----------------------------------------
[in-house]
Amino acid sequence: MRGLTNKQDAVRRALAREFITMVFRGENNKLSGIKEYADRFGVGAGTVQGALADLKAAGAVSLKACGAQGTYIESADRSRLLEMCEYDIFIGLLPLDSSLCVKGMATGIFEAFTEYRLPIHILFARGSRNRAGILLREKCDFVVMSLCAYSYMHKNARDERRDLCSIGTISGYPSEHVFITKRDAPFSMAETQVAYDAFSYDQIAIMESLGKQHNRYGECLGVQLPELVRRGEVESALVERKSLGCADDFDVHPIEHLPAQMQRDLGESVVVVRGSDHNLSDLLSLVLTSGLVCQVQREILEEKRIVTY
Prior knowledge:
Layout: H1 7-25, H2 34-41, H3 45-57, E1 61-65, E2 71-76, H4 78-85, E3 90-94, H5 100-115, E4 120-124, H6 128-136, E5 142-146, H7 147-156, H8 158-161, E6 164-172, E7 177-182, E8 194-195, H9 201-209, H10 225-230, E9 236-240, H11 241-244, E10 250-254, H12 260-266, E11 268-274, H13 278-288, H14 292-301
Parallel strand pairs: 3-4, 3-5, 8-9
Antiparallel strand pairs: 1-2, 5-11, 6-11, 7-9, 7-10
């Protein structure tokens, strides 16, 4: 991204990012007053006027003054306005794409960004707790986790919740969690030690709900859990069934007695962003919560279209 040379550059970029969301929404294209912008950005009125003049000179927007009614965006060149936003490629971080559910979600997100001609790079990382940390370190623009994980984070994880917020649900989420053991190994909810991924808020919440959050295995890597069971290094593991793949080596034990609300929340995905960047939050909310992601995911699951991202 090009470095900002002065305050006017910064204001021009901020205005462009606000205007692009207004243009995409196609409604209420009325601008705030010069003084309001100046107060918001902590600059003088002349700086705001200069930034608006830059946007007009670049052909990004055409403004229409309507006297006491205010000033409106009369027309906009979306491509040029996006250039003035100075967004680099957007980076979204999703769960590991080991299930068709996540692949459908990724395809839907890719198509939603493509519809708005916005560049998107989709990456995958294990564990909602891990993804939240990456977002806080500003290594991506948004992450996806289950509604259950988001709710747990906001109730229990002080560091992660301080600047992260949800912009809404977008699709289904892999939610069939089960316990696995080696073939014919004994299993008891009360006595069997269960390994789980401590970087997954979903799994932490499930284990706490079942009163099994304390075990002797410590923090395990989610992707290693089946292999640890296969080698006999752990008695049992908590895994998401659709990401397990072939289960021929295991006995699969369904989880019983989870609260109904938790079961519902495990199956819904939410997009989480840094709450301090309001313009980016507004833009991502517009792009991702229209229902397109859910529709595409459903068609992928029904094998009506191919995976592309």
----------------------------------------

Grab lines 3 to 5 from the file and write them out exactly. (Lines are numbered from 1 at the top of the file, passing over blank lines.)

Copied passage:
Prior knowledge:
Layout: H1 7-25, H2 34-41, H3 45-57, E1 61-65, E2 71-76, H4 78-85, E3 90-94, H5 100-115, E4 120-124, H6 128-136, E5 142-146, H7 147-156, H8 158-161, E6 164-172, E7 177-182, E8 194-195, H9 201-209, H10 225-230, E9 236-240, H11 241-244, E10 250-254, H12 260-266, E11 268-274, H13 278-288, H14 292-301
Parallel strand pairs: 3-4, 3-5, 8-9